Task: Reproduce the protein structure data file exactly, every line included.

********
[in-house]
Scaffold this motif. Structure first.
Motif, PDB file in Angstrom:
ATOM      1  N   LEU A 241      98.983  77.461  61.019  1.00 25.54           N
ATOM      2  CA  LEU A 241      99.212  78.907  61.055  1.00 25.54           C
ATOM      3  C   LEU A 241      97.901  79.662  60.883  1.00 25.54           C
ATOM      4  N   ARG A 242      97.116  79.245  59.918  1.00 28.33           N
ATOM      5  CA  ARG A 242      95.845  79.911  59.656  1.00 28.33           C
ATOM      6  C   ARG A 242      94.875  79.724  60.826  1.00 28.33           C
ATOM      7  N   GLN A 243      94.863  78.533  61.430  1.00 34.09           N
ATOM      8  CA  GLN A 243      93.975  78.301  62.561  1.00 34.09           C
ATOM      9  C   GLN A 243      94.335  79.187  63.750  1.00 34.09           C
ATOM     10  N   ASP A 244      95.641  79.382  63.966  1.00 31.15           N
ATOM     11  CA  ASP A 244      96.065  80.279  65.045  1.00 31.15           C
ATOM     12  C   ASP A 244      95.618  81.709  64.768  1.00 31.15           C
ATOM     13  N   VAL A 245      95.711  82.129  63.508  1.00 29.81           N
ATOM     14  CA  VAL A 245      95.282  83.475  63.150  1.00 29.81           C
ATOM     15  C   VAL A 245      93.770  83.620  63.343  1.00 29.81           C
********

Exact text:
[in-house]
Scaffold this motif. Structure first.
Motif, PDB file in Angstrom:
ATOM      1  N   LEU A 241      98.983  77.461  61.019  1.00 25.54           N
ATOM      2  CA  LEU A 241      99.212  78.907  61.055  1.00 25.54           C
ATOM      3  C   LEU A 241      97.901  79.662  60.883  1.00 25.54           C
ATOM      4  N   ARG A 242      97.116  79.245  59.918  1.00 28.33           N
ATOM      5  CA  ARG A 242      95.845  79.911  59.656  1.00 28.33           C
ATOM      6  C   ARG A 242      94.875  79.724  60.826  1.00 28.33           C
ATOM      7  N   GLN A 243      94.863  78.533  61.430  1.00 34.09           N
ATOM      8  CA  GLN A 243      93.975  78.301  62.561  1.00 34.09           C
ATOM      9  C   GLN A 243      94.335  79.187  63.750  1.00 34.09           C
ATOM     10  N   ASP A 244      95.641  79.382  63.966  1.00 31.15           N
ATOM     11  CA  ASP A 244      96.065  80.279  65.045  1.00 31.15           C
ATOM     12  C   ASP A 244      95.618  81.709  64.768  1.00 31.15           C
ATOM     13  N   VAL A 245      95.711  82.129  63.508  1.00 29.81           N
ATOM     14  CA  VAL A 245      95.282  83.475  63.150  1.00 29.81           C
ATOM     15  C   VAL A 245      93.770  83.620  63.343  1.00 29.81           C